Production dates on capacitors might provide "most recent" repair, or indicate year of manufacture. If there is a moving coil meter, then sometimes the technician would pencil the date onto the non-visible portion for traceability purposes.

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#9
In reply to #7

Re: Inside Old Geiger Counter

02/13/2018 11:10 AM

Thanks, your post is full of interesting thoughts.

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#8

Re: Inside Old Geiger Counter

02/13/2018 8:53 AM

I have a Geiger counter outside in a rescue truck. Will have to get it to see if it is dated. Similar to the one Rixter shows. Never tried to put batteries in to see if it works. I'm pretty sure the dial scale is in mR.

I would expect background radiation to give a few ticks per minute. There is a threshold below which radiation is OK--it even helps the body.

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#12
In reply to #8

Re: Inside Old Geiger Counter

02/14/2018 6:31 PM

Finally retrieved it. What I have is a Tracerlab Model SU-14 GM Survey Meter made 1955-1960. Serial number 402. The readings go from 0 to 25 mR/hr. There are 3 scales to give max scale readings of .25, 2.5, and 25 mR/hr. The latter is 50000 counts per minute. It has a jack for headphones which are the only audio output. There are no batteries with it, so I have never tried; 3 of them are special (to me) 45 volt batteries, so I'll probably never try, because I have no use to justify the cost of those batteries. It also needs (4) D cells.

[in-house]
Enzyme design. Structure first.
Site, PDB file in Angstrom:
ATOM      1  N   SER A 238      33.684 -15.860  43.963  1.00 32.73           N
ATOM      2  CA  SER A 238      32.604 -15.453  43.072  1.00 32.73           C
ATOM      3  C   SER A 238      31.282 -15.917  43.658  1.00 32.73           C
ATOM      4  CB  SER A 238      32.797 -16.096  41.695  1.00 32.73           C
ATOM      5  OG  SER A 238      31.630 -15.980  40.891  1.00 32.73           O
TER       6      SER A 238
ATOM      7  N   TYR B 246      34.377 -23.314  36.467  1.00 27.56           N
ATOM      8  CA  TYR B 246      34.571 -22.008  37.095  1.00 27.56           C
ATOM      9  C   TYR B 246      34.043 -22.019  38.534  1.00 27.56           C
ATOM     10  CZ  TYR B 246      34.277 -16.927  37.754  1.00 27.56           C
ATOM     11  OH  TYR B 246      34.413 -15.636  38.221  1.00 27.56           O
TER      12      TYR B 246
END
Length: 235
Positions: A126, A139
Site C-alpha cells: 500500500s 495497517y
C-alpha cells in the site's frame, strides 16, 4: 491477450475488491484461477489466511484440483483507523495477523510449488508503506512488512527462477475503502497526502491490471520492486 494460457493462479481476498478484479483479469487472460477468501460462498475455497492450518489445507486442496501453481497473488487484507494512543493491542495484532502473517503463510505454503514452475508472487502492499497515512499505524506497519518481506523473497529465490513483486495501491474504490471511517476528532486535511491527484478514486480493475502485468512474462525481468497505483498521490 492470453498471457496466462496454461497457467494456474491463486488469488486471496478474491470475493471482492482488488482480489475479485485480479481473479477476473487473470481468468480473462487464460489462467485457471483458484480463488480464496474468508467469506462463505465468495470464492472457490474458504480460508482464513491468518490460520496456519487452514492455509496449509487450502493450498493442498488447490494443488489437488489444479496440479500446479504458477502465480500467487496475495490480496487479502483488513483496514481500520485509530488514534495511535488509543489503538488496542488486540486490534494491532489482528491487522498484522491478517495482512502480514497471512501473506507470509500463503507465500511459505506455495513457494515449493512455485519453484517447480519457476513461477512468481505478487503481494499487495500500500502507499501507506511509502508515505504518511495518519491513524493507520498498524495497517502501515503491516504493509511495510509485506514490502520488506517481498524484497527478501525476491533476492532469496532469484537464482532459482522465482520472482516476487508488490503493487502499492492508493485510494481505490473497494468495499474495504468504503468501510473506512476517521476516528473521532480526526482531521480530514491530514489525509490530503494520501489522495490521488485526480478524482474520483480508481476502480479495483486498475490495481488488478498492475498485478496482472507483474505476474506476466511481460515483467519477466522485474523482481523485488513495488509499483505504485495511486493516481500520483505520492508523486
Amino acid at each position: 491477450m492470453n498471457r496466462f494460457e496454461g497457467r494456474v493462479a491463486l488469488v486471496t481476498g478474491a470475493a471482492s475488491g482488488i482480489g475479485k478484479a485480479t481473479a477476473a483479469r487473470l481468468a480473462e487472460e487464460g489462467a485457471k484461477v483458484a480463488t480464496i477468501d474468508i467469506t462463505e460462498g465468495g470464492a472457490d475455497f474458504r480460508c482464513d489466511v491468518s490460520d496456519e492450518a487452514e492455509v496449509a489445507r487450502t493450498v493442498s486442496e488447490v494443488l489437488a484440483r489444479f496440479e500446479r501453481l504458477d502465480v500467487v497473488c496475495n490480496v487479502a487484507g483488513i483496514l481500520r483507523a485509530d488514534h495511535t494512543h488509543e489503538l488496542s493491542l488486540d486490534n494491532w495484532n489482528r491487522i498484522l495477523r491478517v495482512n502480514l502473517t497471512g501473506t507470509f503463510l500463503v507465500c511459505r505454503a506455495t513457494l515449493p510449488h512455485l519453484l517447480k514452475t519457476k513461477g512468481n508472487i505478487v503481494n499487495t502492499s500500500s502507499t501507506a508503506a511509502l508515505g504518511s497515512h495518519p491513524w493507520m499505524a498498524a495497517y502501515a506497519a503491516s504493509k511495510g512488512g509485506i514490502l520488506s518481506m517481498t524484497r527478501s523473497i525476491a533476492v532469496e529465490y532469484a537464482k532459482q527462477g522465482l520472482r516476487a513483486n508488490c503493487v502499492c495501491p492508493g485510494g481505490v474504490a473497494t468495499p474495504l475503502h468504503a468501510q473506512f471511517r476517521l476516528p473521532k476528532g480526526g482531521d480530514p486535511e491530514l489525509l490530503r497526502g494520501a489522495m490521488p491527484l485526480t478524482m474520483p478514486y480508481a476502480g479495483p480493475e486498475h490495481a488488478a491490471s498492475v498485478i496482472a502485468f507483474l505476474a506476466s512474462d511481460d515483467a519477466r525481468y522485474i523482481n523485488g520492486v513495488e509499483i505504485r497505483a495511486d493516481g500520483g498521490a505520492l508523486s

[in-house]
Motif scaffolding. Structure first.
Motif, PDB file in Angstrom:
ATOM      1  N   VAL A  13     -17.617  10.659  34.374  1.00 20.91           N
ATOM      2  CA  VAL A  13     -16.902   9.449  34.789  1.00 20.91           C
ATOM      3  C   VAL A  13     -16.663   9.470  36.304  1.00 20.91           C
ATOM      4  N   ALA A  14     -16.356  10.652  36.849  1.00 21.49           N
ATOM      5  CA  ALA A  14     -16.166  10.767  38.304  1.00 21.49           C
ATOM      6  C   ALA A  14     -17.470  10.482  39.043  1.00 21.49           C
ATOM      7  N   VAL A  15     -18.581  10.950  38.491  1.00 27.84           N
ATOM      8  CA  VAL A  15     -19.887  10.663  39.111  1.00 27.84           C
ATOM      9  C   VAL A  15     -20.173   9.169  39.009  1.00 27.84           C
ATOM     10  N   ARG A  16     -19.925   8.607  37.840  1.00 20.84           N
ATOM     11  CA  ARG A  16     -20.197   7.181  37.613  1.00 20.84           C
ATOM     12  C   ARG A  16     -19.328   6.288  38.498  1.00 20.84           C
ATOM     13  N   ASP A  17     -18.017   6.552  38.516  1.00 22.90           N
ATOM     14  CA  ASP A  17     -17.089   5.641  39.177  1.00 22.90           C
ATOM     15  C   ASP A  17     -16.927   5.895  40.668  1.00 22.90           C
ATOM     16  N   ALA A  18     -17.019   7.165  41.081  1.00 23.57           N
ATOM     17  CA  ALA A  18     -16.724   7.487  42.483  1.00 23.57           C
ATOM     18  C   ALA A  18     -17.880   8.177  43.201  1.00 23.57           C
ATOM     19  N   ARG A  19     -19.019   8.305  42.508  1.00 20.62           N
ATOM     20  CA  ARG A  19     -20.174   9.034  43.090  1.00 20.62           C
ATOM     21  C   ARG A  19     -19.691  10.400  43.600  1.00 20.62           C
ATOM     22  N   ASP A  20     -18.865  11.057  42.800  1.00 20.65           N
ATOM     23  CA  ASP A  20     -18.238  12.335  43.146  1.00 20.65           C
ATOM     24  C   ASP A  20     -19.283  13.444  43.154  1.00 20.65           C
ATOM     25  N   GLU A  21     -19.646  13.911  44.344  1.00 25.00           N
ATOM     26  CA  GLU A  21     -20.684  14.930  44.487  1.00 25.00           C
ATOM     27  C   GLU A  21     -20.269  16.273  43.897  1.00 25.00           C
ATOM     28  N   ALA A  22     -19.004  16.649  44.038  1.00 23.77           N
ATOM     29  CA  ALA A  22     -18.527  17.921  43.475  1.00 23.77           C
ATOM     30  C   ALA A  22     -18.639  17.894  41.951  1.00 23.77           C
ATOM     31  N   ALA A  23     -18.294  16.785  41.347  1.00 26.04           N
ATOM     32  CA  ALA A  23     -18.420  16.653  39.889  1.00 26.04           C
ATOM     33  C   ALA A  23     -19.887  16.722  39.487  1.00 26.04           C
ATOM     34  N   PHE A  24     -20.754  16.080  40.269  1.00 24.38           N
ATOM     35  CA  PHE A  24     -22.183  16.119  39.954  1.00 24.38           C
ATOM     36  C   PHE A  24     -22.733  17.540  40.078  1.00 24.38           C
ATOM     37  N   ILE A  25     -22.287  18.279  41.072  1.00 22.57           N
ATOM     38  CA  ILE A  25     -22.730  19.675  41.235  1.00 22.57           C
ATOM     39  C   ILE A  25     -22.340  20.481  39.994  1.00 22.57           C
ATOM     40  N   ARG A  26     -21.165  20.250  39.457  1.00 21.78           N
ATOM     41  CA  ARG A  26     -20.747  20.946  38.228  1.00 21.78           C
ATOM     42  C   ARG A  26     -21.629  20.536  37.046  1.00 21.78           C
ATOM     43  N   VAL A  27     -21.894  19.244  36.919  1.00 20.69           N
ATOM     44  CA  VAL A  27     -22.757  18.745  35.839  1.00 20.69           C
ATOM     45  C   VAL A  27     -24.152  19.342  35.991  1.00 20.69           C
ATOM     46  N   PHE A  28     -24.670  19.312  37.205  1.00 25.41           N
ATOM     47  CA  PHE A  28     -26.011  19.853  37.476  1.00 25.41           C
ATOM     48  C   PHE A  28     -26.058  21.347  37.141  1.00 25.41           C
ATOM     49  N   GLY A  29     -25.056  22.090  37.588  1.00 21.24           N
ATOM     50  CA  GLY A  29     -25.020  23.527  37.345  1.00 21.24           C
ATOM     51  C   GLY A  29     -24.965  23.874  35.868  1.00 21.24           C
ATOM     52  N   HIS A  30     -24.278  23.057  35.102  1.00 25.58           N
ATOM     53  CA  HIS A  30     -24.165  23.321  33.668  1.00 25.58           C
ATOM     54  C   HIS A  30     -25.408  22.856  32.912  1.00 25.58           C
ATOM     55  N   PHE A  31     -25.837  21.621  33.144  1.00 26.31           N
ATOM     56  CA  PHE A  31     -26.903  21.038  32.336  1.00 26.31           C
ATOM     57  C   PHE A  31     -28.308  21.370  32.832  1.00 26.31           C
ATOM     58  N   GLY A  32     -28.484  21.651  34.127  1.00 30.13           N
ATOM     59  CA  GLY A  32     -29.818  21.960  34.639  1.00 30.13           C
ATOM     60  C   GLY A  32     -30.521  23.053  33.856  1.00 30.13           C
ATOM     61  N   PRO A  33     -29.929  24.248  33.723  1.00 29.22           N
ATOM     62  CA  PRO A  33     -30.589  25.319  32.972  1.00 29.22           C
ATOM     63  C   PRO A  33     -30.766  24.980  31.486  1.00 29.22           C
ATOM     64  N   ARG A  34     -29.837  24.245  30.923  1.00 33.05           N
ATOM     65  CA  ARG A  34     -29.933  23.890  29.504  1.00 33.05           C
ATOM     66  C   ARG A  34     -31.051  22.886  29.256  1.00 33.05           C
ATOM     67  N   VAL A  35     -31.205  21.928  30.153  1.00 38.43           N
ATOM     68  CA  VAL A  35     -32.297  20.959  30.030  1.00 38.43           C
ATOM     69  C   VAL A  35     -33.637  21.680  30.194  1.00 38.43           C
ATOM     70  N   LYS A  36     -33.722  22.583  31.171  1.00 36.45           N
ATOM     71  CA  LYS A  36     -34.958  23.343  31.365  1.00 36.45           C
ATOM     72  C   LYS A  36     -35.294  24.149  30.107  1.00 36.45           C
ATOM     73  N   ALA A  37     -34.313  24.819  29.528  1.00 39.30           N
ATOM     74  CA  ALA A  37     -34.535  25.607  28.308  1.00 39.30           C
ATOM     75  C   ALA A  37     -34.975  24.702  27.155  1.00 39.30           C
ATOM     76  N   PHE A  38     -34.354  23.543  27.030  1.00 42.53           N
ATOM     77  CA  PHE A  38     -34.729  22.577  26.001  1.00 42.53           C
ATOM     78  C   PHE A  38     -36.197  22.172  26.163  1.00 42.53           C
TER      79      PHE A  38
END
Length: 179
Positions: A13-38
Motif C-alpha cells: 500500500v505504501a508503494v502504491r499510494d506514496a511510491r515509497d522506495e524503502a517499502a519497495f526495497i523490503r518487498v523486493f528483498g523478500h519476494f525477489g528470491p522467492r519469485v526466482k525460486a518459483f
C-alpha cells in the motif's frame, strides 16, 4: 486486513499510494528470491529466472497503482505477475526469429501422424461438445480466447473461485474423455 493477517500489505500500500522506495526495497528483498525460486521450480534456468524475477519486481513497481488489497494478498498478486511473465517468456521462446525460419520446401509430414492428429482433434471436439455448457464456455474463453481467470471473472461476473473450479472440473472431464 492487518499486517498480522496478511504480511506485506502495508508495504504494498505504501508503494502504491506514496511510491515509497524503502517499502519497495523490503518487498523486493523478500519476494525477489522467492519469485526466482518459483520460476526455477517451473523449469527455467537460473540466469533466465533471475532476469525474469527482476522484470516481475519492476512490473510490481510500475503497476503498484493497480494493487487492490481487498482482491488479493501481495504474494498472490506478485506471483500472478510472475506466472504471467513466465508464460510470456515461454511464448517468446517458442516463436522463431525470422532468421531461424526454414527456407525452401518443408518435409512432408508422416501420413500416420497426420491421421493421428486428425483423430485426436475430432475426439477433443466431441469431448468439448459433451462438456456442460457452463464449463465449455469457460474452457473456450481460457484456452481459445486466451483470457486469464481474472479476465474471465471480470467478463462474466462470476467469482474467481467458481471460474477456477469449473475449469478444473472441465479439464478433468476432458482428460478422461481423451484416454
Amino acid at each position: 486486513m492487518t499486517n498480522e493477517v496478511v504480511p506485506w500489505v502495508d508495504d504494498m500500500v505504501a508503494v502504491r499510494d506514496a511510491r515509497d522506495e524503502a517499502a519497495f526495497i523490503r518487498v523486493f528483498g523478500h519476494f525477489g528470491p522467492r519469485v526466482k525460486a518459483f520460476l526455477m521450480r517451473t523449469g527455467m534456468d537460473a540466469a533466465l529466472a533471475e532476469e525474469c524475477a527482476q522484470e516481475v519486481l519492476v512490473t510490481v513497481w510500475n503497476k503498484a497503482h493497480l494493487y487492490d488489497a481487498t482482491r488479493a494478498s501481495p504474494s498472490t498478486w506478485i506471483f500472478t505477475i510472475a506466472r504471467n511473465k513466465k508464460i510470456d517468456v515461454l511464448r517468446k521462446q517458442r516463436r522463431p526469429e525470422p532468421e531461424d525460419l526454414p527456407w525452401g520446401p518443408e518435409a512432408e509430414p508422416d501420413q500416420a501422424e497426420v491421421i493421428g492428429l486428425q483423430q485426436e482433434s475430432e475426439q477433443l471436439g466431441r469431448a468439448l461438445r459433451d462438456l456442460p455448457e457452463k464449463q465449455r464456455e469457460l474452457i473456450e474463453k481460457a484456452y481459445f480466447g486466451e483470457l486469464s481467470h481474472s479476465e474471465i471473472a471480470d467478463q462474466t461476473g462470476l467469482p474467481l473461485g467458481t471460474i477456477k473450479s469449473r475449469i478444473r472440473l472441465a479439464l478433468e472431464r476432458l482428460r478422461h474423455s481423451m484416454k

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#11

Re: Inside Old Geiger Counter

02/13/2018 4:15 PM

Looks to be in pristine condition. The style of the transistors, components, etc., would give the range of possible dates. Presumeably, there's no make or model number evident on it?...

Maybe, you could take it to a pawn shop, or to a used military equipment store, or a relic re-seller, that could point you to an authority on the subject?...

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Just an Engineer (1); Lehman57 (2); MR. Guest (1); rick_shoop (1); Rixter (1); SolarEagle (2); Tank Circuit (4)